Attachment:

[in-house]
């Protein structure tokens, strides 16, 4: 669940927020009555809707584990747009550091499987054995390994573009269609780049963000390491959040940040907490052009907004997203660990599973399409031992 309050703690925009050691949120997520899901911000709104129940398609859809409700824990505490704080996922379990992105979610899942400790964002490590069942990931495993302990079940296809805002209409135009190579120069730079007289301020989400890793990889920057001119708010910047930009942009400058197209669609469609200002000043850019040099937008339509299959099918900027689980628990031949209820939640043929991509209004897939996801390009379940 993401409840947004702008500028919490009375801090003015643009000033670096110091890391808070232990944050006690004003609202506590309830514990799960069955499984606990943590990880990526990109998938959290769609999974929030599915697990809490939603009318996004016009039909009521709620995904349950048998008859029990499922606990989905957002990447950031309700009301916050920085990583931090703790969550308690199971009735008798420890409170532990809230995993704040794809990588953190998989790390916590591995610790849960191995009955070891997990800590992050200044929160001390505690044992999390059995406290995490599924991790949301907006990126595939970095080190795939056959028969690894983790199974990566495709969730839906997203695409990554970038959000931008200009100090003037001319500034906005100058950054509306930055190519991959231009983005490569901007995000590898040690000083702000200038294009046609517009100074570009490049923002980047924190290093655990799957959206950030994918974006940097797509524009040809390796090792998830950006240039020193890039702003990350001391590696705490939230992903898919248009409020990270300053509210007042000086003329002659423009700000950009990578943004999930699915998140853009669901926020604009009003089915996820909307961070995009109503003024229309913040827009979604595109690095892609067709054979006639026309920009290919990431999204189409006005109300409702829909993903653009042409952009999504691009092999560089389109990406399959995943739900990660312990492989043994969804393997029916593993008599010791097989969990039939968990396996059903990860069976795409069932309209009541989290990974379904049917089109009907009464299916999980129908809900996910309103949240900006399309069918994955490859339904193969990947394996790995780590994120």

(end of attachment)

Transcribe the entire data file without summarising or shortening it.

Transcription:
[in-house]
């Protein structure tokens, strides 16, 4: 669940927020009555809707584990747009550091499987054995390994573009269609780049963000390491959040940040907490052009907004997203660990599973399409031992 309050703690925009050691949120997520899901911000709104129940398609859809409700824990505490704080996922379990992105979610899942400790964002490590069942990931495993302990079940296809805002209409135009190579120069730079007289301020989400890793990889920057001119708010910047930009942009400058197209669609469609200002000043850019040099937008339509299959099918900027689980628990031949209820939640043929991509209004897939996801390009379940 993401409840947004702008500028919490009375801090003015643009000033670096110091890391808070232990944050006690004003609202506590309830514990799960069955499984606990943590990880990526990109998938959290769609999974929030599915697990809490939603009318996004016009039909009521709620995904349950048998008859029990499922606990989905957002990447950031309700009301916050920085990583931090703790969550308690199971009735008798420890409170532990809230995993704040794809990588953190998989790390916590591995610790849960191995009955070891997990800590992050200044929160001390505690044992999390059995406290995490599924991790949301907006990126595939970095080190795939056959028969690894983790199974990566495709969730839906997203695409990554970038959000931008200009100090003037001319500034906005100058950054509306930055190519991959231009983005490569901007995000590898040690000083702000200038294009046609517009100074570009490049923002980047924190290093655990799957959206950030994918974006940097797509524009040809390796090792998830950006240039020193890039702003990350001391590696705490939230992903898919248009409020990270300053509210007042000086003329002659423009700000950009990578943004999930699915998140853009669901926020604009009003089915996820909307961070995009109503003024229309913040827009979604595109690095892609067709054979006639026309920009290919990431999204189409006005109300409702829909993903653009042409952009999504691009092999560089389109990406399959995943739900990660312990492989043994969804393997029916593993008599010791097989969990039939968990396996059903990860069976795409069932309209009541989290990974379904049917089109009907009464299916999980129908809900996910309103949240900006399309069918994955490859339904193969990947394996790995780590994120």